The valve was originally designed to isolate flow and is unaffected by the formation of cavities that could be blocked by hydrates. Performance is much better than that gained from a conventional approach and, while it is truly application specific, elements such as the actuators and controls use currently available technology. The CANbus control systems that provide remote operation and monitoring can also download configuration changes, or alter the valve position remotely.

Many product developments these days follow the mantra of modular design and manufacture - but this is rarely the case with pumps and valves, which tend to remain focused on particular applications and solutions. For the power generation sector, the Weir Roto-Jet VSR pump incorporates a switched reluctance motor and a soft starter control system to give variable speed capability. The use of such motors is not new, but incorporating this into a pump unit is highly innovative - indeed, the design won the British Pump Manufacturers' Association award for technical innovation last year. In the UK, AES Drax Power Station installed this new pump as a replacement for an existing highpressure triplex piston model. For the customer, the use of a variable speed drive, in combination with other features, allows the performance of the pump to exactly match the application needs. This design is also being used across other industries, with the potential to achieve energy savings of up to 40%, with a footprint almost 60% less than a standard gearbox unit. The new design eliminates many elements from the traditional assembly, including motor coupling, gear box, pump coupling, bearing housing, pump base and guards.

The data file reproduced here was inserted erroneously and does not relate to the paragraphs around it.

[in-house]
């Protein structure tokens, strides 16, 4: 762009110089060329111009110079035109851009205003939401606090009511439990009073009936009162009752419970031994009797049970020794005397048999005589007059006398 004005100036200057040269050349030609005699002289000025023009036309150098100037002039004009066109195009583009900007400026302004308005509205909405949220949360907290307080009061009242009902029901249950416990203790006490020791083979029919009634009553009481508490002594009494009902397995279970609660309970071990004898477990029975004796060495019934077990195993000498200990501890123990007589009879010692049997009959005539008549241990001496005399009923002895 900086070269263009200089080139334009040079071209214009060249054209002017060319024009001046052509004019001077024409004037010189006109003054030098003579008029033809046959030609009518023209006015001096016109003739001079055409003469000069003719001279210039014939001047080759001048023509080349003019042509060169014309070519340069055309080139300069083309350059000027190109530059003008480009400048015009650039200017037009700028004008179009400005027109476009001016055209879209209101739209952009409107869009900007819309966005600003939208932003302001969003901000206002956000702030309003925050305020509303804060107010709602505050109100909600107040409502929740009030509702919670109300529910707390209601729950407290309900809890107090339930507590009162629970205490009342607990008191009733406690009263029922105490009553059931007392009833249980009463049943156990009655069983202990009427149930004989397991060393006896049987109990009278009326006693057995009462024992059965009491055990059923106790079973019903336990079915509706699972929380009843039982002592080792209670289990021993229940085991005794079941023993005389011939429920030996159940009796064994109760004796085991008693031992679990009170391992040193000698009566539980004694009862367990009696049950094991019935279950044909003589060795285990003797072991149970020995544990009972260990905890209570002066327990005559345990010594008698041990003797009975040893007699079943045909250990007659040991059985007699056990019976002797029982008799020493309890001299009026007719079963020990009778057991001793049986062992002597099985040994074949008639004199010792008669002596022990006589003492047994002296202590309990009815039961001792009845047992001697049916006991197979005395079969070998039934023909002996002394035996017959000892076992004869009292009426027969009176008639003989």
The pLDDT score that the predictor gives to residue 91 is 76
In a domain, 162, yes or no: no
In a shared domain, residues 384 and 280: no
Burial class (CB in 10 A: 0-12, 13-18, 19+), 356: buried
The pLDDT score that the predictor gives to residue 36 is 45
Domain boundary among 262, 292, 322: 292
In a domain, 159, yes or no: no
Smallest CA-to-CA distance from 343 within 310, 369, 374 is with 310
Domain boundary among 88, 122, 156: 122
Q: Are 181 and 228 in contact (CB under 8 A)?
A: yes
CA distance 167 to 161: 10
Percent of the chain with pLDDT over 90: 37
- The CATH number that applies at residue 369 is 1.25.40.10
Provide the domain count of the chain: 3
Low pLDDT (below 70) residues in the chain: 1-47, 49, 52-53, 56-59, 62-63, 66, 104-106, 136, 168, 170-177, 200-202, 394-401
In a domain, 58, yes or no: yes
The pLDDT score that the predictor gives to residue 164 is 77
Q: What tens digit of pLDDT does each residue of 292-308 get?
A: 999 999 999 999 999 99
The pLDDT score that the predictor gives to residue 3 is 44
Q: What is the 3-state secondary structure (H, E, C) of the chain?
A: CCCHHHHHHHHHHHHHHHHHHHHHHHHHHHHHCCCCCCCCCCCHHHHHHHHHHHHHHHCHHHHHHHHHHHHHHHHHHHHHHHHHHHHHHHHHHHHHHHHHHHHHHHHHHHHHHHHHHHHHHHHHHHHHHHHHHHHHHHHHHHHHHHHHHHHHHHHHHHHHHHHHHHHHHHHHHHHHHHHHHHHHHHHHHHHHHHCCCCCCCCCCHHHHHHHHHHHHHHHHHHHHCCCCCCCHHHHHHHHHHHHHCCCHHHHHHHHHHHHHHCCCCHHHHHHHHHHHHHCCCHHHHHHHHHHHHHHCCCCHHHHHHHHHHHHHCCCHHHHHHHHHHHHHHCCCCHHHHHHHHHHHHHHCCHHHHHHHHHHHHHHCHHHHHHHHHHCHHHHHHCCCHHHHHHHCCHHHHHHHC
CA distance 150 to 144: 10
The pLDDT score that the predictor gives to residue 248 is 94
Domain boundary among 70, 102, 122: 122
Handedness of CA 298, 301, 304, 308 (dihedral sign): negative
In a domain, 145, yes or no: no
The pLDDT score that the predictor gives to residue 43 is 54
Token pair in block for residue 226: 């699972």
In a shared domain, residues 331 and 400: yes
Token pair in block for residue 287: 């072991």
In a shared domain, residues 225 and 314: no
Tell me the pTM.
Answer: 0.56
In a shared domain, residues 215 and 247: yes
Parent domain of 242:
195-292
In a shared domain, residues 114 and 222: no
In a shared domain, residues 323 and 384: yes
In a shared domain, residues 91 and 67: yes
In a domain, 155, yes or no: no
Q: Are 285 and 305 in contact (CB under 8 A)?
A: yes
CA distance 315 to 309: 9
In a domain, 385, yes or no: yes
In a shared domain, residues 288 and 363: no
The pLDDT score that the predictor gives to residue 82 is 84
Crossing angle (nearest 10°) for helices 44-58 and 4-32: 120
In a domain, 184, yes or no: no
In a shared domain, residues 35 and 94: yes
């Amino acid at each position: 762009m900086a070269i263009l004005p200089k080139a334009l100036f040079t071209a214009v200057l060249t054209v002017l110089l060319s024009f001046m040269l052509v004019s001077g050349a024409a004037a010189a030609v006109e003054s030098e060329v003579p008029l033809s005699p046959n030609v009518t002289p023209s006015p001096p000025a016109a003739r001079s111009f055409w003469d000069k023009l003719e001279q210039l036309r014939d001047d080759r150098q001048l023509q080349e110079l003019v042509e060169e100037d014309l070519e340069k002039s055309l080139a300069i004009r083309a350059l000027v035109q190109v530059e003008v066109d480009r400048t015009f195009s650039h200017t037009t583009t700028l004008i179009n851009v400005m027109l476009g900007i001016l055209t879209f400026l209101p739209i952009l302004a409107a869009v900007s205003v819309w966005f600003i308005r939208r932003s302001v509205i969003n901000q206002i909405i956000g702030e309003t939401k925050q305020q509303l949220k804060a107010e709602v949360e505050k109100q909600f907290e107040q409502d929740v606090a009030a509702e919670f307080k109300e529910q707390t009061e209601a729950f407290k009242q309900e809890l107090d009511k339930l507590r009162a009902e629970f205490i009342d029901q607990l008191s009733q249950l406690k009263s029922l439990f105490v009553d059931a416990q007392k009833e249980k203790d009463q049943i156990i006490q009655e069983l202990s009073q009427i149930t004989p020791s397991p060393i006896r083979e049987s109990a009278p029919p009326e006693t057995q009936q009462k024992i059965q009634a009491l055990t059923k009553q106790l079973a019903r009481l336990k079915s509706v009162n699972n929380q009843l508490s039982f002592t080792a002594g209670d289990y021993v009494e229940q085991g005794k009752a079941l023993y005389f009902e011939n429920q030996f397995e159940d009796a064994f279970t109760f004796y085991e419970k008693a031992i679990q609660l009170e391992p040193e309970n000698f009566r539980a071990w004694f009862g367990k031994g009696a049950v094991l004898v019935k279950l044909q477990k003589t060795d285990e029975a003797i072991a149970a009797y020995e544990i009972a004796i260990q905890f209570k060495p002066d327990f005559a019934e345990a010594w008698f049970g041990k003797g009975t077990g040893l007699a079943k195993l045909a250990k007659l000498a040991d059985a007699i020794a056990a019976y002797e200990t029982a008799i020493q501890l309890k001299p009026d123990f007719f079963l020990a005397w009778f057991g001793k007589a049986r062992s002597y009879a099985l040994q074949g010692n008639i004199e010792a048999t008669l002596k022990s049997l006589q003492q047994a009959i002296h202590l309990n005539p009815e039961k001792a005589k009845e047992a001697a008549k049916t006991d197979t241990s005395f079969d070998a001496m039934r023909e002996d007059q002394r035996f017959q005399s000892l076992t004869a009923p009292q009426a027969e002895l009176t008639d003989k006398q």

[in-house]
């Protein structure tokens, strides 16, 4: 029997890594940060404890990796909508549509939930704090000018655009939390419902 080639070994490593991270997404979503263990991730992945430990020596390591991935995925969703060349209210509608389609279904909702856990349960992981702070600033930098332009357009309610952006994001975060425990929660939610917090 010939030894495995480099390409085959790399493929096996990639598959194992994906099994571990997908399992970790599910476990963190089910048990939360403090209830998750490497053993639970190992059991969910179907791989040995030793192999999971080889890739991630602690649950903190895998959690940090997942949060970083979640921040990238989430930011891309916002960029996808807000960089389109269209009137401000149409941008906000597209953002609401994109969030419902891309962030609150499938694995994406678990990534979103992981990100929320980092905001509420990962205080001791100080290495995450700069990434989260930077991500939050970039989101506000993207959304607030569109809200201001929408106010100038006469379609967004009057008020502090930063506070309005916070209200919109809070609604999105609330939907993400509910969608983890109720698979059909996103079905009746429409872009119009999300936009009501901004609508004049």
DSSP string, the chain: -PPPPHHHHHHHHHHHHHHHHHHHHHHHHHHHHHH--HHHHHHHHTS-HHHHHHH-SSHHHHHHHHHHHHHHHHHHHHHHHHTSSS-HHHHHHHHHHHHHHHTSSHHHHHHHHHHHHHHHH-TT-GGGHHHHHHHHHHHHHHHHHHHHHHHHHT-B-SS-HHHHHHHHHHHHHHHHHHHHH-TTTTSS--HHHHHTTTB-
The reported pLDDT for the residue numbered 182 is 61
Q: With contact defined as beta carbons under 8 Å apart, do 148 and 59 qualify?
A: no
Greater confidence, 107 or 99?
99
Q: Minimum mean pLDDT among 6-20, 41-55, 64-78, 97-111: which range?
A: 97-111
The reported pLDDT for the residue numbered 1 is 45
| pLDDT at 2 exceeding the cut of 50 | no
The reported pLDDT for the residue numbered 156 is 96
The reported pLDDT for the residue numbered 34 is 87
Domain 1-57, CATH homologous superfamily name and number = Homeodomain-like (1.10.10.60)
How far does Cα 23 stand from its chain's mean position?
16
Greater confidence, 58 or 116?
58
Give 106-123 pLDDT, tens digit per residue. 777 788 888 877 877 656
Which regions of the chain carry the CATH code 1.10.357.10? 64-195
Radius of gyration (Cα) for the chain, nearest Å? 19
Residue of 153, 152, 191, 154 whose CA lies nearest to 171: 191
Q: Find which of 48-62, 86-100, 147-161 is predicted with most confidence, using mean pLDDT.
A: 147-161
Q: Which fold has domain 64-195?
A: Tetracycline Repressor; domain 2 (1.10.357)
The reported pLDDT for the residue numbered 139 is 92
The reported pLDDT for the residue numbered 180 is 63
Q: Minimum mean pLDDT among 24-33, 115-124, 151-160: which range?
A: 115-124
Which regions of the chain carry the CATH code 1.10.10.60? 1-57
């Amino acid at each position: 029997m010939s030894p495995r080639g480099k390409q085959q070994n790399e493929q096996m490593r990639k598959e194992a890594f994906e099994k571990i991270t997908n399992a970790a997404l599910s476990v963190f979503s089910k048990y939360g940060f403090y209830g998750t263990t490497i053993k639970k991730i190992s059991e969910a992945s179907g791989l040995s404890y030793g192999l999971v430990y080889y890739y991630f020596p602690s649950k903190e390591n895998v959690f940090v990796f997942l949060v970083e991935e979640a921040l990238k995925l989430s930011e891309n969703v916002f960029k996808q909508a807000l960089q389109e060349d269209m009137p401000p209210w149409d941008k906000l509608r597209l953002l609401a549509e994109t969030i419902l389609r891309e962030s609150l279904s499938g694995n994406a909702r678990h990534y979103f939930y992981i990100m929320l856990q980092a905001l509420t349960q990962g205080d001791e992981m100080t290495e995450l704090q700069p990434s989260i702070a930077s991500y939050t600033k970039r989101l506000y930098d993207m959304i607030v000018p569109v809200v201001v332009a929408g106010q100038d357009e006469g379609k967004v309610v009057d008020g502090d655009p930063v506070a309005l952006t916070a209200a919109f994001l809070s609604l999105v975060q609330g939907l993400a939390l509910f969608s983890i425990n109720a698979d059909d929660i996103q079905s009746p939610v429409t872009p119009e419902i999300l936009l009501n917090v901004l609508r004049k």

Traditionally, once the customer places an order, the design is then produced by the pump or valve manufacturer, and negotiations ensue between customer and supplier until the final design is complete. All this is performed in a typical production line environment, with testing, quality and inspection processes being undertaken and witnessed off line.

These days, learning the lessons from the automotive sector, pump and valve manufacturers are enhancing investment in e-business, CAD systems, and in line quality checking and testing. For the customer, the payback is reduced time to complete the product and, with automated testing processes delivering real-time, instant read-outs from witnessed tests, the customer is even more closely connected to the solution. Pump and valve manufacturers are taking the opportunity to reengineer the supply chain, applying best practice principles and techniques. For customers, this delivers major benefits and for suppliers lower costs and improved efficiency across the supply chain.

Whether for pumps or valves, the latest designs are aimed at delivering efficiencies and cost savings in maintenance practices, design and production, testing, installation, working life and total cost of ownership. And the benefits go full circle: the manufacturers, too, are gaining from applying better processes and techniques, reducing overall manufacturing time and costs, so enabling a good deal of thinking 'outside the box' to deliver the right solution back to the customer.